Other – This is a catch-all category that includes anything that does not come within the other six categories. As such, one must be careful in interpreting this category because it includes polycarbonate - a dangerous plastic - but it also includes the new, safer, biodegradable bio-based plastics made from renewable resources such as corn and potato starch, and sugar cane. Polycarbonate is used in most plastic baby bottles (!), clear plastic “sippy” cups, Nalgene brand and other “sports” water bottles, three and five gallon large water storage containers, metal food can liners, some juice and ketchup containers, compact discs, cell phones, computers. Polycarbonate leaches Bisphenol A (some effects described above), and numerous studies have indicated a wide array of possible adverse effects from low-level exposure to Bisphenol A: chromosome damage in female ovaries, decreased sperm production in males, early onset of puberty, various behavioural changes, altered immune function, and sex reversal in frogs.
Important Note: Two other types of plastic that fall under code 7 are acrylonitrile styrene (AS) or styrene acrylonitrile (SAN), and acrylonitrile butadiene styrene (ABS). Both AS/SAN and ABS are higher quality plastics with increased strength, rigidity, toughness and temperature and chemical resistance. AS/SAN is used in mixing bowls, thermos casing, dishes, cutlery, coffee filters, toothbrushes, outer covers (printers, calculators, lamps), battery housing. The incorporation of butadiene during the manufacture of AS/SAN, produces ABS, which is an even tougher plastic. ABS is used in LEGO toys, pipes, golf club heads, automotive parts, protective head gear. Research on risks associated with AS/SAN and ABS is ongoing.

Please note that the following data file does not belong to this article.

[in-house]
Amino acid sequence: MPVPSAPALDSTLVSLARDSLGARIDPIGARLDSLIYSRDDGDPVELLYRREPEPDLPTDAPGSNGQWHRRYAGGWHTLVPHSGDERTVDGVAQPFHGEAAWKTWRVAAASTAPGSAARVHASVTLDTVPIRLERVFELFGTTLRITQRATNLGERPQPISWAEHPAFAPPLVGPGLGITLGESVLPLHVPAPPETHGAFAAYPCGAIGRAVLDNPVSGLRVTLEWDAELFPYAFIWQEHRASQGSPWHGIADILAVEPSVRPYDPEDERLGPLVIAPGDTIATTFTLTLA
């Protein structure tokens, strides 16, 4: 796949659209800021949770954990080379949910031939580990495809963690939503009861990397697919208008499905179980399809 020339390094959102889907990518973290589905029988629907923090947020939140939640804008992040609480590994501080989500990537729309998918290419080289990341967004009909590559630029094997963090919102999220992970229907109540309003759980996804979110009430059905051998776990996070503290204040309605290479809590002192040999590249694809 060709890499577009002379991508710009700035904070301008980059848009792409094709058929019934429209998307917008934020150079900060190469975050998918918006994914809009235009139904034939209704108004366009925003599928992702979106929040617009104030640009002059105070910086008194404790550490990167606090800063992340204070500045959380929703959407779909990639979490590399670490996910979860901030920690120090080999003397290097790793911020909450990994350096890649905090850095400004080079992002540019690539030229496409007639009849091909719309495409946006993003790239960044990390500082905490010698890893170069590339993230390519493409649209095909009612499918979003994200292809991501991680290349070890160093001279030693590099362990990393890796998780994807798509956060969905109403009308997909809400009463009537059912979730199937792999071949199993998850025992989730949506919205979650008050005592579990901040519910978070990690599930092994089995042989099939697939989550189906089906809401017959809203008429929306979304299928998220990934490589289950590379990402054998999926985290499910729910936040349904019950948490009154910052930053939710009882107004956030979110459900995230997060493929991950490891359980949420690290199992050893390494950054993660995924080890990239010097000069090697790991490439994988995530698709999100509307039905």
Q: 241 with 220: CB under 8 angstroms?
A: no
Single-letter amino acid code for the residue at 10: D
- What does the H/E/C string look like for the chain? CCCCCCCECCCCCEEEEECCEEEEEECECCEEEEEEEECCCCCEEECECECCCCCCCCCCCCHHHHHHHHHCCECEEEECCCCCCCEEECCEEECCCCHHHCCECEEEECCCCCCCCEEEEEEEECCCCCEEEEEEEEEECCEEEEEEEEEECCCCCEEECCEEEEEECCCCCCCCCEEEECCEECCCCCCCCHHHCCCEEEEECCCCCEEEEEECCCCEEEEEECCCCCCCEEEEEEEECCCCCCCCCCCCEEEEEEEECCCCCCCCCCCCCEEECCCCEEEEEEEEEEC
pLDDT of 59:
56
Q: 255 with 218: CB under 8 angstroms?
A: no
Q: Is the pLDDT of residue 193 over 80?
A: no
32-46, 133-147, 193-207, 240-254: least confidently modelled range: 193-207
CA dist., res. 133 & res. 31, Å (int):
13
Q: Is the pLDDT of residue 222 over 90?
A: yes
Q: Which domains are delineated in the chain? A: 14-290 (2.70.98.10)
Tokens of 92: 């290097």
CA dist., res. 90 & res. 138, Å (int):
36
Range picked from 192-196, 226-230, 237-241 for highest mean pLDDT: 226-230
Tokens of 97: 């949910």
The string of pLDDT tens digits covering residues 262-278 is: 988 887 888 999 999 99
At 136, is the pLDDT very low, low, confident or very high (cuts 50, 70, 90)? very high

WHAT THIS MEANS FOR YOUR EVERYDAY PLASTIC USE
You may wish to seriously consider your – and especially your children's – use of plastics numbered 1, 3, 6 and 7 (polycarbonate), all of which have been shown to leach dangerous chemicals. This does not necessarily mean the others are completely safe, just that they have been studied less to date.
So if you have to use plastic, it is safest to stick to numbers 2, 4, 5 and 7 (other than polycarbonate) whenever possible.
If an item does not have a plastic code on it, or if the type of plastic is unclear from the code (e.g., with #7, it likely will not say it is polycarbonate), your best bet is to contact the manufacturer and ask them directly what type of plastic was used to make the product.